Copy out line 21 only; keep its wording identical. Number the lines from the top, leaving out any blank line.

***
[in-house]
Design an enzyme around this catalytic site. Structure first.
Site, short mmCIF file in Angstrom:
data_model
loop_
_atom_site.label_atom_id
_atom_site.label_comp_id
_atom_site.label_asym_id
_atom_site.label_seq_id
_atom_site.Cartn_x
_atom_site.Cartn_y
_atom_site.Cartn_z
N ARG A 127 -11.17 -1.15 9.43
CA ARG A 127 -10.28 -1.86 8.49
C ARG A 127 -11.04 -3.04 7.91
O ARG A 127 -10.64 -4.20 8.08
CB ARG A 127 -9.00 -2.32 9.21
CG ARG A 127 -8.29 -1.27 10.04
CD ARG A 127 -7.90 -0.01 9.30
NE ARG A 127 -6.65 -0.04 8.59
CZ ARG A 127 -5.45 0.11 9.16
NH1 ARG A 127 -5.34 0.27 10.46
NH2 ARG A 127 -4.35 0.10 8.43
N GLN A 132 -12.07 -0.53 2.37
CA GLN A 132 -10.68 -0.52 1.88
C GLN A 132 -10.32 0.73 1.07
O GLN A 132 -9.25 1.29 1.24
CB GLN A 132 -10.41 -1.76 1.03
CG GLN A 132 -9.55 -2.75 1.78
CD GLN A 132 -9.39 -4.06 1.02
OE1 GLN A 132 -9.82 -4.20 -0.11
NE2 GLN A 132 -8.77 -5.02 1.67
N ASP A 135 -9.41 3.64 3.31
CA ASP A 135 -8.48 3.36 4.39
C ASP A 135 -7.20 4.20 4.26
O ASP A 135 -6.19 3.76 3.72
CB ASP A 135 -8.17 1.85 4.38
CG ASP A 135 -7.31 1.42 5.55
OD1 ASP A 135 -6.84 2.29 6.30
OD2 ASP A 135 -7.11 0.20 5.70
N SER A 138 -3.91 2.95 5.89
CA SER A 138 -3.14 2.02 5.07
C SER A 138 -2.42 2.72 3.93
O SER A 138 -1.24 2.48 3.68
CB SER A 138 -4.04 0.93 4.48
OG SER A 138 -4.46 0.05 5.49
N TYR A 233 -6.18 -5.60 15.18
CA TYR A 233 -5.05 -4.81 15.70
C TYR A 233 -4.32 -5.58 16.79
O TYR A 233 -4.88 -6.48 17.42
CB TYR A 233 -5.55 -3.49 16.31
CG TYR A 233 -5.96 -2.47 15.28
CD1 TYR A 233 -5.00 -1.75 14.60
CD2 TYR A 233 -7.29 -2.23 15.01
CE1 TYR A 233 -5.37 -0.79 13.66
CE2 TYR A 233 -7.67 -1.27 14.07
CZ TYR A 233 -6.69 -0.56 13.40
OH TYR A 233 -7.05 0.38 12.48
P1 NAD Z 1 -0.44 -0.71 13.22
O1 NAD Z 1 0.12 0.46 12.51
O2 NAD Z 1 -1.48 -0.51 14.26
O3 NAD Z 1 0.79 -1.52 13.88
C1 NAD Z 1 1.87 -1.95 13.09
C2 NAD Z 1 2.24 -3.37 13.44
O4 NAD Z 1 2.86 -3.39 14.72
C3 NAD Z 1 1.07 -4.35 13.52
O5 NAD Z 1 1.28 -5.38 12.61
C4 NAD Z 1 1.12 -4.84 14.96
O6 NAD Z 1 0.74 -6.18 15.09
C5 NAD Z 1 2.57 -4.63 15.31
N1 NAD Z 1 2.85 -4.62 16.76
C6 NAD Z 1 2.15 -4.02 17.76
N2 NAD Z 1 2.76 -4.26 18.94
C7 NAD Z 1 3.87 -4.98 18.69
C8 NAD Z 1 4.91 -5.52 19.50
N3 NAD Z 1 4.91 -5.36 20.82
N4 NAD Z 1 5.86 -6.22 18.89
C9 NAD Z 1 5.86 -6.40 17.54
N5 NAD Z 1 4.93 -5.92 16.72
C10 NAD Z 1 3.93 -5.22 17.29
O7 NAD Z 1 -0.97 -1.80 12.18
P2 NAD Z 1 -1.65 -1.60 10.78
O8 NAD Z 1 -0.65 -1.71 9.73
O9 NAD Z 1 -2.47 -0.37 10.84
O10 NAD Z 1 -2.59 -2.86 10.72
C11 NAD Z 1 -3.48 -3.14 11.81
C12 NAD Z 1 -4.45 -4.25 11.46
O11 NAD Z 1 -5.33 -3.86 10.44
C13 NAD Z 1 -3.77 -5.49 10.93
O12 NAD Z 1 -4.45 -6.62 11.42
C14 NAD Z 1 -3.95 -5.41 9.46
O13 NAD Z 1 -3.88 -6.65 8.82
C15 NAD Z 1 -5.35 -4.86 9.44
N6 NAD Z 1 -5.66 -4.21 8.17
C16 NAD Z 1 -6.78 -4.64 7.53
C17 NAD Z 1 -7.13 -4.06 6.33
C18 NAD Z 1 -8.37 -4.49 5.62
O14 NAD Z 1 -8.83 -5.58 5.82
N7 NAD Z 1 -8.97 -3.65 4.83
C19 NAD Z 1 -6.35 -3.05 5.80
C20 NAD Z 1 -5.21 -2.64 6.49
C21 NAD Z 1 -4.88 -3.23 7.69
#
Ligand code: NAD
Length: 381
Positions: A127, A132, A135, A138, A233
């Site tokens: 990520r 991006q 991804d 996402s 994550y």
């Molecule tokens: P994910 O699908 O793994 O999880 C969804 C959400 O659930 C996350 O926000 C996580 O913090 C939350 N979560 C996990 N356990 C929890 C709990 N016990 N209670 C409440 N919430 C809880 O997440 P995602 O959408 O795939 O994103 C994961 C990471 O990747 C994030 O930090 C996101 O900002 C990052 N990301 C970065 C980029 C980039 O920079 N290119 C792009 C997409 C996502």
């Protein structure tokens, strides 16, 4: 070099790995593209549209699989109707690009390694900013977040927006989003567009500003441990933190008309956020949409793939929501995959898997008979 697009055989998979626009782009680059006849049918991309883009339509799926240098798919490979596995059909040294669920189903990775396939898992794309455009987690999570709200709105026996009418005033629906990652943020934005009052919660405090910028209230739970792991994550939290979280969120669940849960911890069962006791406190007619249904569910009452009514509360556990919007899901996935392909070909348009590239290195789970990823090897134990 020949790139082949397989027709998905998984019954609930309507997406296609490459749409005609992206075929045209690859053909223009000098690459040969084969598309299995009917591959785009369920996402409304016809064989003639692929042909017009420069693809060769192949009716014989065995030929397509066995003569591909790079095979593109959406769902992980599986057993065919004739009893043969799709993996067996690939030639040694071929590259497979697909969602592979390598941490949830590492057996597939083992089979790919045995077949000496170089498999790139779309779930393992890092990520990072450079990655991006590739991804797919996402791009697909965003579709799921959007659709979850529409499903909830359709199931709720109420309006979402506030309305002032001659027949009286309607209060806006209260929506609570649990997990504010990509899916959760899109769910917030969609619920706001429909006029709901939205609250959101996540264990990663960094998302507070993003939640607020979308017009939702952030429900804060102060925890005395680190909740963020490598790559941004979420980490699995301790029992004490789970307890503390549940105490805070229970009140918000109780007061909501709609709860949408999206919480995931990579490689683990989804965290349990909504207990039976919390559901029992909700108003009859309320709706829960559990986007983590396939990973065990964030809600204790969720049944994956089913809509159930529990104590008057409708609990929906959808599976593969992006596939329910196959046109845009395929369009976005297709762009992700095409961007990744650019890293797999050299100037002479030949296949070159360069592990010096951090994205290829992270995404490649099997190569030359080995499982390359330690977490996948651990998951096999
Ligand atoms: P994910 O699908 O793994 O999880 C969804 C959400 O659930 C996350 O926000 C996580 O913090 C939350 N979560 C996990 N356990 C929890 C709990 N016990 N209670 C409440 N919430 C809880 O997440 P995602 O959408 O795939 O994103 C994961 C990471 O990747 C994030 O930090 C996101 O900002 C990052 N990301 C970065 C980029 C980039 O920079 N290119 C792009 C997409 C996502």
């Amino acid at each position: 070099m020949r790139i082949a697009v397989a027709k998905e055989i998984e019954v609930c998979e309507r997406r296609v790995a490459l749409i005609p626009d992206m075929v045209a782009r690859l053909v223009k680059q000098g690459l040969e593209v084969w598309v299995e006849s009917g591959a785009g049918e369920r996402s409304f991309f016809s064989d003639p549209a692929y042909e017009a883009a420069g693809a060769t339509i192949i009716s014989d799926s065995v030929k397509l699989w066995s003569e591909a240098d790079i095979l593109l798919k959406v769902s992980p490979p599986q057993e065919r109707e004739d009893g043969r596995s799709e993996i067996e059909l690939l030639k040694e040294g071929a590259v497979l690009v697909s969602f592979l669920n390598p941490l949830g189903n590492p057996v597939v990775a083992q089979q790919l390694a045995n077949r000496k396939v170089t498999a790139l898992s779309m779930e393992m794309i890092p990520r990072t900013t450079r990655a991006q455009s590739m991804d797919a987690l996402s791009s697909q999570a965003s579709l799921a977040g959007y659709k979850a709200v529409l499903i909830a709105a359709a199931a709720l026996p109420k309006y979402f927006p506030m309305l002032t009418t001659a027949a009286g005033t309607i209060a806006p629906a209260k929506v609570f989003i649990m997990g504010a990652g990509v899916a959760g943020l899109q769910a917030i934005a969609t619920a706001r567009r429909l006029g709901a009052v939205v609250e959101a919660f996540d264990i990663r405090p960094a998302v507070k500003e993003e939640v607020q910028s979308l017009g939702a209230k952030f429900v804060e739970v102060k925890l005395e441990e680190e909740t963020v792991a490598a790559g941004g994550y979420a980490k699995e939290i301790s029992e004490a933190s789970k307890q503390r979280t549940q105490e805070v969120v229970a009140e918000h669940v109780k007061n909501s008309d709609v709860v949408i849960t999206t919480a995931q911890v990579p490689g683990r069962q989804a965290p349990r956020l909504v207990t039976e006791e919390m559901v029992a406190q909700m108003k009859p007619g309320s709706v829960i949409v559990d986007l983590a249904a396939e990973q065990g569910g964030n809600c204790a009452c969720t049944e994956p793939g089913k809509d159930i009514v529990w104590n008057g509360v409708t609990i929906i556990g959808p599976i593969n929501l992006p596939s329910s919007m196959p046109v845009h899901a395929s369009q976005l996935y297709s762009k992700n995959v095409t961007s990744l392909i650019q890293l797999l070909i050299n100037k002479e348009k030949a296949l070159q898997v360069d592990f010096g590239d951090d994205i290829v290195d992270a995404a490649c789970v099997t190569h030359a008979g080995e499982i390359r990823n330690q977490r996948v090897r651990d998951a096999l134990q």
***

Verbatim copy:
CZ ARG A 127 -5.45 0.11 9.16